Various short- and long-term complications such as maxillary sinusitis, oroantral fistula, and extrusion of graft material have been reported after implant placement [24]. Particularly, dental implants that partially extend into the maxillary sinus or nasal cavity are known to cause complications [24]. Furthermore, patients with a predisposition to develop sinusitis are prone for complications after dental implant placement in the maxillary sinus area [1]. Interestingly dental implants that partially extend into the nasal cavity are often asymptomatic and may reside in the nose for many years. However, when complications do occur, unilateral mucopurulent and fetid nasal discharge are the most prevalent symptoms, which can be accompanied by pain, discomfort, headache, or congestion of the affected side. Therefore, patients complaining of nasal discharge after dental implant placement should be thoroughly checked for foreign bodies in their nasal cavities. Differential diagnosis of a unilateral nasal obstruction may also include nasal tumors, nasal polyps, septal deviations, hematomas, and various infections [5].

Minimal invasive treatment strategies for dental implants residing in the nasal cavity as described in this study have to the best of our knowledge not often been described. A more invasive removal of the complete dental implant in the presented case would have had a negative effect on the load bearing during mastication because of its strategic position in the maxilla supporting the fixed bridge construction. Furthermore, an explantation through the oral cavity could have created an oronasal communication and compromised mucosal blood supply resulting in mucosal recession with a negative outcome on esthetics and peri-implant supporting tissue. Therefore, a partial removal of the apical part of the dental implant using a transnasal approach was opted for.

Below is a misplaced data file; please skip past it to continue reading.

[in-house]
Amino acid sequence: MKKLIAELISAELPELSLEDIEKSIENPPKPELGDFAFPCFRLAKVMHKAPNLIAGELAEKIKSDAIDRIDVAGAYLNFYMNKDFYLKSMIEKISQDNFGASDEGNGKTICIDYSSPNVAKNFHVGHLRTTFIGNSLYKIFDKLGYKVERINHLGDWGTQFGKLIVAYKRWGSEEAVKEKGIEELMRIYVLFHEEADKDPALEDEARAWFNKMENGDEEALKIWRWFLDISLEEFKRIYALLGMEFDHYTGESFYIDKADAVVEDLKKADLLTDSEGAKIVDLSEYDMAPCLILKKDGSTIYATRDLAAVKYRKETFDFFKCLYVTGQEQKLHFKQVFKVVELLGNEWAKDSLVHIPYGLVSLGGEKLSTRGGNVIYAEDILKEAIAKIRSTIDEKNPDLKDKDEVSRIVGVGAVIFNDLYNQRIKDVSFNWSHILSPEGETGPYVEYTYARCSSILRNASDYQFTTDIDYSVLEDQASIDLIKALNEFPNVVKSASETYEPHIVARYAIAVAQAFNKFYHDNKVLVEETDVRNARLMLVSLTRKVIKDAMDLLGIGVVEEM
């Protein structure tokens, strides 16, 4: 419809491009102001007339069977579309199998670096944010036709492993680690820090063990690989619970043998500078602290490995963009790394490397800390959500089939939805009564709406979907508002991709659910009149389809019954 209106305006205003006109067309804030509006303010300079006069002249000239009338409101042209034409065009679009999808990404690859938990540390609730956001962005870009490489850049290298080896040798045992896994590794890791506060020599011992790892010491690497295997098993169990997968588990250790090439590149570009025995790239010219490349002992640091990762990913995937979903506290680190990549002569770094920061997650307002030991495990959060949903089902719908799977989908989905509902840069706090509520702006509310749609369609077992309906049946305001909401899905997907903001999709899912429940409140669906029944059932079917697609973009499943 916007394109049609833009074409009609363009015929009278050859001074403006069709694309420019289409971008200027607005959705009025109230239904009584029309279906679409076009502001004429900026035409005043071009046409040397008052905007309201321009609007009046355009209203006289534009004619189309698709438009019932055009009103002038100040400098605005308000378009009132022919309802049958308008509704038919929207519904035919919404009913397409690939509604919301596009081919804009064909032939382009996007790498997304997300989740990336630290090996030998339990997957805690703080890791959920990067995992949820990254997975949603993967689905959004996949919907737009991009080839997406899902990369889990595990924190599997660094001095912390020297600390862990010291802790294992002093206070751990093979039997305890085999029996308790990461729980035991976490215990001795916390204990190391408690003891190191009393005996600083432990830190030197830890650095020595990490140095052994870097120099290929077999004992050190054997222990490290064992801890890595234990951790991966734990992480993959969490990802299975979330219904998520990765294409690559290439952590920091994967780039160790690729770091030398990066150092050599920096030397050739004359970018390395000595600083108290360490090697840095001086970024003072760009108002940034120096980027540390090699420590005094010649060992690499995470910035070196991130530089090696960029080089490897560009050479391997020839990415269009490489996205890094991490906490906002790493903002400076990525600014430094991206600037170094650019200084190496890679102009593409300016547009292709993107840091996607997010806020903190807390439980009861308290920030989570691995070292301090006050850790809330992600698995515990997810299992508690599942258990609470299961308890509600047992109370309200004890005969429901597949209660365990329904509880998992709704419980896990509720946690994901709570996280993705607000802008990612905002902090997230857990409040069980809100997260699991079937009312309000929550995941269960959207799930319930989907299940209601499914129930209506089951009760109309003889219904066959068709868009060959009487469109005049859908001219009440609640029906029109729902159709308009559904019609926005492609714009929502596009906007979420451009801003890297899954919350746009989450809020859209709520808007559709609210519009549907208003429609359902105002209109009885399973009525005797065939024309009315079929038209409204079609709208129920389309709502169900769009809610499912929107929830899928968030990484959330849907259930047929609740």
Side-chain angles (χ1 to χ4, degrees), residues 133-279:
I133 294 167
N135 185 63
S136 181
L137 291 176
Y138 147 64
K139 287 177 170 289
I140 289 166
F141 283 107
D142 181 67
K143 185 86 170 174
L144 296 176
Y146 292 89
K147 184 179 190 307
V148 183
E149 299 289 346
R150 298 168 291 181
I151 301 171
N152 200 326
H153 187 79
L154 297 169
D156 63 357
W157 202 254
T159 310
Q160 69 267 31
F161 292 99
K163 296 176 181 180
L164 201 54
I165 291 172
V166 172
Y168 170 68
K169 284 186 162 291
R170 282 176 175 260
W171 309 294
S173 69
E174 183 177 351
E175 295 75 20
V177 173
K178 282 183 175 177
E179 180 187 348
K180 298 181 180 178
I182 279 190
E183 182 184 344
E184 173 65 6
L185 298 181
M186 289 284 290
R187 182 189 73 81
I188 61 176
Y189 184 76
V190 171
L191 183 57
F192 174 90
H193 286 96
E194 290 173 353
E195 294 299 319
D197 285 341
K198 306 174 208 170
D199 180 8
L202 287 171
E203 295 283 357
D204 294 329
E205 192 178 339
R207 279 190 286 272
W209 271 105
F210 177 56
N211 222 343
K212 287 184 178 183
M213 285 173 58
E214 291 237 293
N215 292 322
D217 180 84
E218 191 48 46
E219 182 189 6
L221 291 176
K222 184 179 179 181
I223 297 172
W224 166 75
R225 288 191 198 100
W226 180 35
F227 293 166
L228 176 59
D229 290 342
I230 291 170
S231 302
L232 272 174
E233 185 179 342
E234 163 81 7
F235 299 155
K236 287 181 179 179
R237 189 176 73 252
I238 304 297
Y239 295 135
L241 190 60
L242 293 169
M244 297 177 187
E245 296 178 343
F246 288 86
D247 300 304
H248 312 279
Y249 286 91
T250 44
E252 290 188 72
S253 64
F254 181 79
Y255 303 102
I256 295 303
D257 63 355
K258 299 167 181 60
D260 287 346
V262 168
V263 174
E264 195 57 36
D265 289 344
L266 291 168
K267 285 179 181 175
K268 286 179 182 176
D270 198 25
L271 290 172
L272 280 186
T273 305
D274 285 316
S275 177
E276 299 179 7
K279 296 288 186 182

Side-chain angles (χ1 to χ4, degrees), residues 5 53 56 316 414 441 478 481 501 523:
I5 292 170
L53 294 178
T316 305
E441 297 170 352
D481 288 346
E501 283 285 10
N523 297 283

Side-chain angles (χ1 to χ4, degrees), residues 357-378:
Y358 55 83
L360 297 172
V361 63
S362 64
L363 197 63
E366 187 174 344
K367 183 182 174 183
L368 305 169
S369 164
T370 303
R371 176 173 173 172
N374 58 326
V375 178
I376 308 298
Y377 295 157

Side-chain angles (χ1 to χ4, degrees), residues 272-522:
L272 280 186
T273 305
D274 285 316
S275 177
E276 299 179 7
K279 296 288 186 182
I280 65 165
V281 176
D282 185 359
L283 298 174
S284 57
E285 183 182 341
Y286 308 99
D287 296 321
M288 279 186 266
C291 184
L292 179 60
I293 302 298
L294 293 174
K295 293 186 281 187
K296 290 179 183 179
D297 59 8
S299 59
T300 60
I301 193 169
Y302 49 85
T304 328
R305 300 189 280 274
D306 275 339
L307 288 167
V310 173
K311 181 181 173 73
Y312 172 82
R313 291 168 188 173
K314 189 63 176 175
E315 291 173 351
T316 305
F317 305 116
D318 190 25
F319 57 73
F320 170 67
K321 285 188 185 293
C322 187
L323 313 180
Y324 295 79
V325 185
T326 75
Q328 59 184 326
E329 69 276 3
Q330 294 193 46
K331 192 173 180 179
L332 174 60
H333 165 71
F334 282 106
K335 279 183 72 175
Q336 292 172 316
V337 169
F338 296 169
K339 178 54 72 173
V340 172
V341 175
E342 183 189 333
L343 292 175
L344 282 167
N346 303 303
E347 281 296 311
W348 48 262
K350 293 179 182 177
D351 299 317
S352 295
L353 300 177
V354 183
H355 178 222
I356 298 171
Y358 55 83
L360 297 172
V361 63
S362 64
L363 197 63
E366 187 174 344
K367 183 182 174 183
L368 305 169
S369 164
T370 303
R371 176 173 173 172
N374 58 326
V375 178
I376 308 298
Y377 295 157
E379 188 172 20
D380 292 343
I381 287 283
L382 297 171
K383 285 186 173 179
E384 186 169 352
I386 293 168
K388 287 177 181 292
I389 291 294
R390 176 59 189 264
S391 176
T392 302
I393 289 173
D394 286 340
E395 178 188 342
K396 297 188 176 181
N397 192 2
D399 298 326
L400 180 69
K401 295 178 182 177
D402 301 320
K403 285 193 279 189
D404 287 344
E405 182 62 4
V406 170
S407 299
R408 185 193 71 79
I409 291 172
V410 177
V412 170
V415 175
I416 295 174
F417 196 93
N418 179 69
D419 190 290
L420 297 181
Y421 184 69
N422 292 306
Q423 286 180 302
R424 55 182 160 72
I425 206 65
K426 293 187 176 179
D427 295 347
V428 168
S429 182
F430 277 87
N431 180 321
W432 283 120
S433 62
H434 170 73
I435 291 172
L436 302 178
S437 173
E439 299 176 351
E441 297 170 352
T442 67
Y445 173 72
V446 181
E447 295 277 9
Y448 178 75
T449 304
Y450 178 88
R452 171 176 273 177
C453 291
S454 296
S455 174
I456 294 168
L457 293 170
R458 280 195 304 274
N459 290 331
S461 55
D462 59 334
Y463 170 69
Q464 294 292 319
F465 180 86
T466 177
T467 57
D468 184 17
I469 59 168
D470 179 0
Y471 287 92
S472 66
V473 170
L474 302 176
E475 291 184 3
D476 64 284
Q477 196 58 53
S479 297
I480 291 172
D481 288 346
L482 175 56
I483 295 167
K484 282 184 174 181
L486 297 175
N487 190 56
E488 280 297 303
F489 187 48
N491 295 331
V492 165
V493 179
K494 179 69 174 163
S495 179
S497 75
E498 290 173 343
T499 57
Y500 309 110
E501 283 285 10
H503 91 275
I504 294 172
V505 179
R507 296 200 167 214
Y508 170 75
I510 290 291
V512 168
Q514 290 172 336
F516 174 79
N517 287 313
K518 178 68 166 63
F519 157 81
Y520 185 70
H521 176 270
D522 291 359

Conclusions

In conclusion, dental implants protruding into the nasal cavity can cause alterations to the airflow. Dental implants partially residing in the nasal cavity can be minimal invasively treated by sectioning the apical part of the implant using a transnasal approach.

Consent

Since this is a case report, no approval of the Institutional Review Board was necessary.

Written informed consent was obtained from the patient for publication of this Case report and any accompanying images

Declarations

Open AccessThis article is distributed under the terms of the Creative Commons Attribution 4.0 International License (http://creativecommons.org/licenses/by/4.0/), which permits unrestricted use, distribution, and reproduction in any medium, provided you give appropriate credit to the original author(s) and the source, provide a link to the Creative Commons license, and indicate if changes were made.

Authors’ Affiliations

(1)
Department of Oral and Maxillofacial Surgery/Oral Pathology, VU University Medical Center/Academic Centre for Dentistry Amsterdam (ACTA)
(2)
Department of Otorhinolaryngology-Head and Neck Surgery, VU University Medical Center

References

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Copyright

© Wolff et al. 2016